Repeat visits

One last source of useful information is the user's own previous interactions with a given site. Whenever you visit a site, it's worth caching the key for future reference. If you visit the "same" site again but the key has changed, then you should be extremely suspicious. Either the previous site was wrong, or the new one is. You don't know which one is which, but you know something is wrong.

Think how nice it would be if you try to log into your bank account, and the browser said, "This is a site you've never seen before. Proceed?"

You can get that already if you use pet names, which have been implemented as an experimental browser extension. It would be great if web browsers incorporated functionality like this, for example turning the URL bar and browser frame yellow if they see a a site is a new one based on its certificate. Each browser can add this sort of functionality independently, as an issue of quality of implementation.

In your own software, you can implement key memory using the same techniques as for key pinning, as described above.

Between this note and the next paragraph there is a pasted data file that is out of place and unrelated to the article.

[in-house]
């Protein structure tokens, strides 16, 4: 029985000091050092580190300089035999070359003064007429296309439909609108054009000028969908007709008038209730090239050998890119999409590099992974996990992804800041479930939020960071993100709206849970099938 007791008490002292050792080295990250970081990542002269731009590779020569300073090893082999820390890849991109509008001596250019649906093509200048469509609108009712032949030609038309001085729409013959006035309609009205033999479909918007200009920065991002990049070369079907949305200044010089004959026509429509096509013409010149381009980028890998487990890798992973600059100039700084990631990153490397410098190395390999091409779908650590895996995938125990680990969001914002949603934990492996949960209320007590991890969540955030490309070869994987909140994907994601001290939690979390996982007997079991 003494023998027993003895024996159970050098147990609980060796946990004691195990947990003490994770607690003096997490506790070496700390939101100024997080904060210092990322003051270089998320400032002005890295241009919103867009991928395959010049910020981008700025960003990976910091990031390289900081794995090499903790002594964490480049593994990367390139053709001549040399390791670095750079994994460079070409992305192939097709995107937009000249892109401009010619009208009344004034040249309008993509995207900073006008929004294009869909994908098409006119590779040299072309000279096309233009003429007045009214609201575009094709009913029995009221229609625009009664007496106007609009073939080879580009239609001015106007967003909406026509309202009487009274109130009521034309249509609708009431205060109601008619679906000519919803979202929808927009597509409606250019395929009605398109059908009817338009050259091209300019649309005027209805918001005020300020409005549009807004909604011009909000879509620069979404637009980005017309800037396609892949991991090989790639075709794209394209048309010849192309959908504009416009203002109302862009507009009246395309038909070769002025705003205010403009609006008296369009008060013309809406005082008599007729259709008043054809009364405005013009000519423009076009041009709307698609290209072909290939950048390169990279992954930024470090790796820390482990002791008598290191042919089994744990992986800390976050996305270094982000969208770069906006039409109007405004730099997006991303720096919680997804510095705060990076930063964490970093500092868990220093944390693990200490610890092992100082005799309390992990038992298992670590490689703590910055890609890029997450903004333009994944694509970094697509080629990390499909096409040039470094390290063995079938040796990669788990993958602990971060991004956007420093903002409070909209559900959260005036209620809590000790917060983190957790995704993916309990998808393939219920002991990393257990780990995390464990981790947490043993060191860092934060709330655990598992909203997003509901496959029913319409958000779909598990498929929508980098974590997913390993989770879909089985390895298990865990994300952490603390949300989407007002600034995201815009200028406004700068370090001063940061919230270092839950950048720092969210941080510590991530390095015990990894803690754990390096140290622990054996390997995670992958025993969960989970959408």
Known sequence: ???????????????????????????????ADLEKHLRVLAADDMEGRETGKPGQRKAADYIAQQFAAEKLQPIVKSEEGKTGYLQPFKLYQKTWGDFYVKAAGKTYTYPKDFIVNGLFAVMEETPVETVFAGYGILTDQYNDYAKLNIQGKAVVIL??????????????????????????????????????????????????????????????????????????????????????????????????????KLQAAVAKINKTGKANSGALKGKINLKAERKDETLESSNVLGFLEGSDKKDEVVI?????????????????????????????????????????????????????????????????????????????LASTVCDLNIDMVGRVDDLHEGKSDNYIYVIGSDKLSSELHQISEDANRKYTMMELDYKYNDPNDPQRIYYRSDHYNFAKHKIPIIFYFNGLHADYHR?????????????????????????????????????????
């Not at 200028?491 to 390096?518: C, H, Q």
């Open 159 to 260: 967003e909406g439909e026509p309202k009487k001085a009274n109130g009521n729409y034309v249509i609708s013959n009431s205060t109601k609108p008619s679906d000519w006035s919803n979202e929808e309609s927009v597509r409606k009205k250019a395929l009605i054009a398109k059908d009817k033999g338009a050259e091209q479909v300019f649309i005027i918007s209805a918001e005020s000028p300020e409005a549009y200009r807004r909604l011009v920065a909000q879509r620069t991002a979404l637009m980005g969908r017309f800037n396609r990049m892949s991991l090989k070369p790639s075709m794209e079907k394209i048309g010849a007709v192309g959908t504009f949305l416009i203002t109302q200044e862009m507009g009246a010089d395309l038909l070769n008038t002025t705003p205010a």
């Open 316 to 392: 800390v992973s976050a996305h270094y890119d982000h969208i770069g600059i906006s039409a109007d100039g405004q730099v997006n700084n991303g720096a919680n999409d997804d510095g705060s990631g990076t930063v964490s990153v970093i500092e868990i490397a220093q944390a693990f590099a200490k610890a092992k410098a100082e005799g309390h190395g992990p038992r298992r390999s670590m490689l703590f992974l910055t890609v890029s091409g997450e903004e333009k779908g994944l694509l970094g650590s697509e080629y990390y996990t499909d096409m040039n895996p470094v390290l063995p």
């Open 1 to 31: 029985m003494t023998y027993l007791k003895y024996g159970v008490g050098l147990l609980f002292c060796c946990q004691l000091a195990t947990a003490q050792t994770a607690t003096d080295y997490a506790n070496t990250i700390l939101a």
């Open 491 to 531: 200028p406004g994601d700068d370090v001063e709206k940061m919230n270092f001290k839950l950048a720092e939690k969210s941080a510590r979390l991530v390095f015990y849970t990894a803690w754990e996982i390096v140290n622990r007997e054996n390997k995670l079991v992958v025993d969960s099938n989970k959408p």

Key rotation

Any real cryptography system needs to deal with key revocation and with upgrading to new keys. I have intentionally left out such discussion to keep the discussion simple, but I do believe these things can be worked into the above systems. It's important to have a way to sign an official certificate upgrade, so that browsers can correlate new certificates with old ones during a graceful phase-in period. It's also important to have some kind of channel for revoking a certificate, in the case that one has been compromised.

For web applications and for mobile phone applications, you can implement key rotation by forcing the application to upgrade itself. Include the new keys in the newly upgraded version.

Posted in Blogroll

Is this the right server?

It's nice to see someone else reach the following conclusion:

"For those familiar with SSH, you should realize that public key pinning is nearly identical to SSH's StrictHostKeyChecking option. SSH had it right the entire time, and the rest of the world is beginning to realize the virtues of directly identifying a host or service by its public key."